The 4 Horsemen will usher in a new age of fitness. The traditional versions of Conquest, War, Famine and Death are represented in our focus on Goals, Competition, Nutrition and Metabolic-conditioning. We firmly believe that strength, power and fitness are best achieved by utilizing CrossFit methods and the 4 Horsemen of Lifts: Squats, Presses, Deadlifts and O-lifts.

Tuesday, February 10, 2009

Attaining High Intensity!

I’m sitting here in Italy and it’s raining so I have a bit of time on my hands and of course I’m thinking about Crossfit as it is one of my most favourite pastimes. The question on my mind is how to maximize my results or what is the best way to make improvements. I’ve been thinking about this for a few hours throwing ideas out there, thinking about them, and then rejecting them. There are four things that time and time again pop out at me as the way to best improve my fitness. Recovery, Nutrition, Deficiencies (what I suck at ie. situps), and INTENSITY, all of which I’ll try to write a post on. This post will be on the aspect of intensity because in my mind it is the clear leader in maximizing my results. When thinking about intensity and how it relates to my workouts I looked at a few things. First, what is intensity? The answer is Power! (Intensity = Power), and therefore to increase intensity I have to increase power which basically means doing more work in less time (more pushups in 2min, or 50 pushups in less time than the last time I did it). Now this is all a physical definition of intensity there is also a mental definition which is a perception of the level of exertion. But I have come to the conclusion that by maximizing the physical you will definitely maximize the mental. When doing say 100 pullups the question becomes, should I breaking it up into manageable chunks or go for broke ie. balls out! till I max out and die off. It is my thought that you should always go balls out on any task that fits in the anaerobic arena (phosphogenic and glycolytic pathways). The time frame for workouts that take less than ~10min require that you go as hard as possible the whole way through.(author side note: these workouts are composed of components which require only ~30s - 1min to perfom and therefore are at the peak power position of the glycolytic pathway. It’s not 10min on one excercise). Most people take too much rest during the workout. Taking a 15 sec break will not give you enough rest to make up the 5sec that you wasted when 10 sec rest would have been enough. When you go for broke it is better to minimize the rest that is needed and go right back into the exercise. This requires an enormous amount of mental intensity to push your body when it wants nothing more than to just stop doing everything. It is my opinion that when you break the exercise or workout into chunks you spend more time then you actually need resting. When I go balls out I know at the end of the workout I could not have gone any faster, when I break it up I usually finish and go I should have done 15’s instead of 10’s. Mentally it is easier to break things up because it is physically easier to not have to continuously push through the pain. A great quote from the legendary OPT on the subject relating to which is better for improving work capacity:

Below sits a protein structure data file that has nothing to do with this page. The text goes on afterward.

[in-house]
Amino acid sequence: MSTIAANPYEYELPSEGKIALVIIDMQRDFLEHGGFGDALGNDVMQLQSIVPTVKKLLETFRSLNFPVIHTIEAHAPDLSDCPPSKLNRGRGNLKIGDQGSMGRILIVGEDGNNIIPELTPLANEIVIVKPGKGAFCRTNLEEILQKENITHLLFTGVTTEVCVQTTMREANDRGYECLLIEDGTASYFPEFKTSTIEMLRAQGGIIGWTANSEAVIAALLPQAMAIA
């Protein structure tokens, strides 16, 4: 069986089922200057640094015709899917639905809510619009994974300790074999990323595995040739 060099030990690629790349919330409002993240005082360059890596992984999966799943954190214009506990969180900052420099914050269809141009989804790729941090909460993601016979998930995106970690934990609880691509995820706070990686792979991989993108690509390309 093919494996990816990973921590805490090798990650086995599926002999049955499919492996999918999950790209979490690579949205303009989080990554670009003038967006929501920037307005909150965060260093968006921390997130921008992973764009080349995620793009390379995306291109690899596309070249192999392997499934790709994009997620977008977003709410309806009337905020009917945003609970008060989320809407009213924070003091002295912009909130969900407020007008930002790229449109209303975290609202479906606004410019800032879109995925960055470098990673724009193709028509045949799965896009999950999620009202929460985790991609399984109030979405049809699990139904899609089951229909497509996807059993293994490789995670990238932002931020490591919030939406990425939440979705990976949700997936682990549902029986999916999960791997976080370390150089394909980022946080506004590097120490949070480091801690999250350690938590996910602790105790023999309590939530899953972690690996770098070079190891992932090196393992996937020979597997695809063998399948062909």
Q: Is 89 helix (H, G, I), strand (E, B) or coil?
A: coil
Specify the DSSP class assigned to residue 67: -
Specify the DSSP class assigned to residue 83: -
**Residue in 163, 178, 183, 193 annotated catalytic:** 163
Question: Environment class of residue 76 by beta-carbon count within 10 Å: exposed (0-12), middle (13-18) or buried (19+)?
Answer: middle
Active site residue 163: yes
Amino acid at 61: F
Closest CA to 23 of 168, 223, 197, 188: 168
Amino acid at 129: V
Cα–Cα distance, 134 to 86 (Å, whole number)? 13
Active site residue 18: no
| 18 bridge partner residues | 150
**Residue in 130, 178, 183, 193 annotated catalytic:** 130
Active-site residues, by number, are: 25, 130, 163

“…Go as hard as possible, all the time, under perfect form and if you break a little bit on intensity throughout then, that’s fine that can be fixed, but I’d rather see intensity first. When people start strategizing, they immediately get into pacing and when you pace you don’t push and when you don’t push you don’t create power. If you don’t create power you don’t create success, long term. So if you are strategizing I’d suggest drop it and focus on basically just hitting the workout as hard as you can and managing the pain when you do get into it and then getting out of it you’ll feel a whole lot better…”

-James FitzGerald “OPT” on Crossfit Radio - episode 27 (Jan. 30, 2009)

The more intensity you bring to the workout the more “intense” it will be and the fitter you will become. As Coach Glassman says “Intensity is where the good stuff comes from. It is almost always the independent variable most commonly associated with favourable adaptations.” It will maximizing your results and greatly improves your fitness level.

*Note: Intensity is relative to the individual and their abilities, don’t kill yourself! Just go as hard as you reasonably can. I’m an idiot and try to push myself to the extreme, but hey I’ll crush you at almost any workout!

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